With news that the Angels have signed free agent reliever Scott Downs, the Angels have been removed from the amazing Rafael Soriano race.
Now that the front-runners have ran off the track, which bullpen will the veteran closer join for the 2011 MLB season?
Here are 10 possible destinations for the rejuvenated Soriano.
New York Mets closer Francisco Rodriguez is considered one of the greatest closers of this generation, but the Mets tried hard to get rid of him during last year's season due to his idiotic behavior off the diamond.
If the Mets feel that Rodriguez is no longer worth the trouble, they have the money to cut ties with K-Rod and go after Soriano.
Marlins closer Leo Nunez had his highs and lows in 2010. The young flamethrower led all of baseball in blown saves and his ERA was higher than Florida would've liked it to be.
The only question is if the small-market franchise can afford a superstar like Soriano.
The Cleveland Indians really don't have a closer. Chris Perez did a nice job holding down the fort in 2010, but he is better suited to play a setup role in the bullpen.
Soriano and Perez would make a nice one-two punch in the Cleveland bullpen, but the Indians are nowhere near contending for a championship and it is not likely that Soriano decides to pack his bags and pitch for a losing franchise.
In 2010, Dodgers closer Jonathan Broxton was just about as stable as the McCourt's marriage.
Broxton's ERA ballooned above 4.00 and he only managed to save 22 games. Dodgers fans would love to see Soriano move to LA and save this horrid bullpen and the Dodgers certainly have the finances and the reputation to pull it off.
This picture of this awkward hug between Carlo Gomez, Ryan Braun and Corey Hart tells the story of the Milwaukee Brewers 2010 season.
Is John Axford the closer of the future in Milwaukee? He shouldn't be. Axford makes a nice setup man, but he is not the dominant closer that Soriano is.
With the addition of Shaun Marcum and the offensive core of the team still in tact, the Brewers may be in contention for the wild card next year. Soriano would have to at least consider an offer from Milwaukee.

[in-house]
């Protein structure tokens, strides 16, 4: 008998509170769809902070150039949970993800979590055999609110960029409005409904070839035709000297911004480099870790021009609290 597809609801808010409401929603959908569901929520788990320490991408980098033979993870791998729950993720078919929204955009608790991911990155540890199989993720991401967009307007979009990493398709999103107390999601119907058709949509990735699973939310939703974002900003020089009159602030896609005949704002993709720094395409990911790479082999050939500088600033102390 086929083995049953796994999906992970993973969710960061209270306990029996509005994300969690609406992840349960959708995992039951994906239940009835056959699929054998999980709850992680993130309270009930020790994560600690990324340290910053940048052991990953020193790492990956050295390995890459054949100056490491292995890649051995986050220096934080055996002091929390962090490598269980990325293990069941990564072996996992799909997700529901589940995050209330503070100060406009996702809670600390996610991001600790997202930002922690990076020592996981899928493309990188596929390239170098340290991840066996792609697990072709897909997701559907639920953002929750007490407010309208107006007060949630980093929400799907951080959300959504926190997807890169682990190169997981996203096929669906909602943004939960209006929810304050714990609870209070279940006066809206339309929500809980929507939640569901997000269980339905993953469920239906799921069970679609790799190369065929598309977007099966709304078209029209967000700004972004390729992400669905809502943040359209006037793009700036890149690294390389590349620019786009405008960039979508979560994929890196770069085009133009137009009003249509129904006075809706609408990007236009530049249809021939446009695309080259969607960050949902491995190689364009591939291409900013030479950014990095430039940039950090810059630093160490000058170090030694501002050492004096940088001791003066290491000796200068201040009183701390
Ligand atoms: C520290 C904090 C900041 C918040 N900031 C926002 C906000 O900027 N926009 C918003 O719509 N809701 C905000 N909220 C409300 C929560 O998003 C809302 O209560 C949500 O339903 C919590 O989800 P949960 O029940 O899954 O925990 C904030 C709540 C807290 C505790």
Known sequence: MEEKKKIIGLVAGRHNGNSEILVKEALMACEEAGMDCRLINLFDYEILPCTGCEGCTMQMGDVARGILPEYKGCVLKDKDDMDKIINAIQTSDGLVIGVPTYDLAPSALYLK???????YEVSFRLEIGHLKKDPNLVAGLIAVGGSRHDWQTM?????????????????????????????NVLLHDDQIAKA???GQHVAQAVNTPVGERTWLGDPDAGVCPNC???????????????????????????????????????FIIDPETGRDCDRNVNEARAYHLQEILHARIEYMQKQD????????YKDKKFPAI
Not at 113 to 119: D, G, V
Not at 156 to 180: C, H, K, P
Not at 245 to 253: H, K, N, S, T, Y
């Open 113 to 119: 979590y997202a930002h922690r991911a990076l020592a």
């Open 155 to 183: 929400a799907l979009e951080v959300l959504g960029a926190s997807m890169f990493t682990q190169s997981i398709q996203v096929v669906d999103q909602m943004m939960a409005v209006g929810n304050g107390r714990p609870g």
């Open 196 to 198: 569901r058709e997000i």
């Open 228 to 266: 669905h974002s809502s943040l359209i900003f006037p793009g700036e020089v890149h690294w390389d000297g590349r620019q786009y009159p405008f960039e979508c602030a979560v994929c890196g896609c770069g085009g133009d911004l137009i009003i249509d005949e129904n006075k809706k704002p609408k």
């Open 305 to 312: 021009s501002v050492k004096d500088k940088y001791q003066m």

You have to love the Washington Nationals.
This team has been in last place since the beginning of time, but they have a billionaire owner that is willing to spend any amount of money just to fill the seats of the stadium and establish a fan base.
In 2010, the Nats traded away All-Star Matt Capps to Minnesota and the Nationals switched to a closer-by-committee approach with Drew Storen and Tyler Clippard. Both struggled with the closing duties.
Washington has the guts and the money to make Soriano a huge offer, but the only question is if he is willing to join a rebuilding team.
Do you recognize the pitcher above?
Neither do I.
His name is Jason Frasor and he could very well be the closer for the Toronto Blue Jays in 2011. That's because Toronto lost both Scott Downs and former closer Kevin Gregg to free agency and Frasor is basically the last man standing.
Soriano knows what life is like in the AL East and it is understandable if he wants to escape the dog-eat-dog division, but the Blue Jays have the talent to contend and the money to make Soriano an offer he can't refuse.
No matter how much Ozzie Guillen begs him to, Bobby Jenks will probably not return to the White Sox in 2011 and that leaves a gaping hole in the back of South side's bullpen.
If Chicago offers enough cash to Soriano, the decision should be a no-brainer for the veteran closer. The White Sox' two huge additions with the re-signing of Paul Konerko and the signing of slugger Adam Dunn immediately made them playoff contenders and an optimal destination for more free agents.
It's an understatement to say that Jonathan Papelbon had an off year in 2010.
In 2010, the former future of the Red Sox led the league in blown saves and had one of the worst ERAs of any closer in baseball. Now, his beloved fans are blaming him for Boston's lost season and he is considered nothing more than a trading chip.
If Boston has any money left in their pocket, they will make a strong push for Soriano in hopes that they can trade Paps and make one more step towards baseball's first perfect team.
Did the fact that I'm the Atlanta Braves Featured Columnist give it away?
Okay, all bias and job titles aside, Soriano would be a perfect fit for his former team.
The Braves just lost future Hall of Fame member Billy Wagner to fishing, golf and rocking chairs, and now all of the pressure of the closing duties rests on young Craig Kimbrel's shoulders.
Kimbrel was phenomenal in the postseason for the Braves, but giving him the everyday closing job is a huge gamble. Soriano is comfortable with Atlanta and it's players and now that the Braves are becoming an elite MLB team, joining his former squad would be the optimal situation for both sides.